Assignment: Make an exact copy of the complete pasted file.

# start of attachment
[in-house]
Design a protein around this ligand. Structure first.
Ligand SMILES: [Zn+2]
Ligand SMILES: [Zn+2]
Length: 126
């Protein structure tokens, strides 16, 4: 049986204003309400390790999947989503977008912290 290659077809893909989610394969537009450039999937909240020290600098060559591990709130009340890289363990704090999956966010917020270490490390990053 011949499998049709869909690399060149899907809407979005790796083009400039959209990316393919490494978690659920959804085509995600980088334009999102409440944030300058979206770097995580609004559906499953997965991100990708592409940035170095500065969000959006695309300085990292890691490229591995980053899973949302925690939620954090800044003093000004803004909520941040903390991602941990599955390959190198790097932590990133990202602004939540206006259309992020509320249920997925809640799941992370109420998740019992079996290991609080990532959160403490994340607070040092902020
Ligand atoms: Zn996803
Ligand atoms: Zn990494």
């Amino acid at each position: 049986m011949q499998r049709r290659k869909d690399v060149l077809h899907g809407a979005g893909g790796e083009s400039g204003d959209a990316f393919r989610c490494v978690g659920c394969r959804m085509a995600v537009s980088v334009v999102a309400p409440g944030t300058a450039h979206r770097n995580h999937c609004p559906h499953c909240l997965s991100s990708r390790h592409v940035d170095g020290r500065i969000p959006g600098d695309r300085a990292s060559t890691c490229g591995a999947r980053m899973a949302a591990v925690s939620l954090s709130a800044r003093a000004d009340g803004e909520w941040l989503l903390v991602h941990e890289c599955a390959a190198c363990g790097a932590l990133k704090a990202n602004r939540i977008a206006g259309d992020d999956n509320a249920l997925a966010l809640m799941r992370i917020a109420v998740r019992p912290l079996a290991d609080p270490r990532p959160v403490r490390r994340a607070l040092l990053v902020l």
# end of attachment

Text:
[in-house]
Design a protein around this ligand. Structure first.
Ligand SMILES: [Zn+2]
Ligand SMILES: [Zn+2]
Length: 126
């Protein structure tokens, strides 16, 4: 049986204003309400390790999947989503977008912290 290659077809893909989610394969537009450039999937909240020290600098060559591990709130009340890289363990704090999956966010917020270490490390990053 011949499998049709869909690399060149899907809407979005790796083009400039959209990316393919490494978690659920959804085509995600980088334009999102409440944030300058979206770097995580609004559906499953997965991100990708592409940035170095500065969000959006695309300085990292890691490229591995980053899973949302925690939620954090800044003093000004803004909520941040903390991602941990599955390959190198790097932590990133990202602004939540206006259309992020509320249920997925809640799941992370109420998740019992079996290991609080990532959160403490994340607070040092902020
Ligand atoms: Zn996803
Ligand atoms: Zn990494």
């Amino acid at each position: 049986m011949q499998r049709r290659k869909d690399v060149l077809h899907g809407a979005g893909g790796e083009s400039g204003d959209a990316f393919r989610c490494v978690g659920c394969r959804m085509a995600v537009s980088v334009v999102a309400p409440g944030t300058a450039h979206r770097n995580h999937c609004p559906h499953c909240l997965s991100s990708r390790h592409v940035d170095g020290r500065i969000p959006g600098d695309r300085a990292s060559t890691c490229g591995a999947r980053m899973a949302a591990v925690s939620l954090s709130a800044r003093a000004d009340g803004e909520w941040l989503l903390v991602h941990e890289c599955a390959a190198c363990g790097a932590l990133k704090a990202n602004r939540i977008a206006g259309d992020d999956n509320a249920l997925a966010l809640m799941r992370i917020a109420v998740r019992p912290l079996a290991d609080p270490r990532p959160v403490r490390r994340a607070l040092l990053v902020l």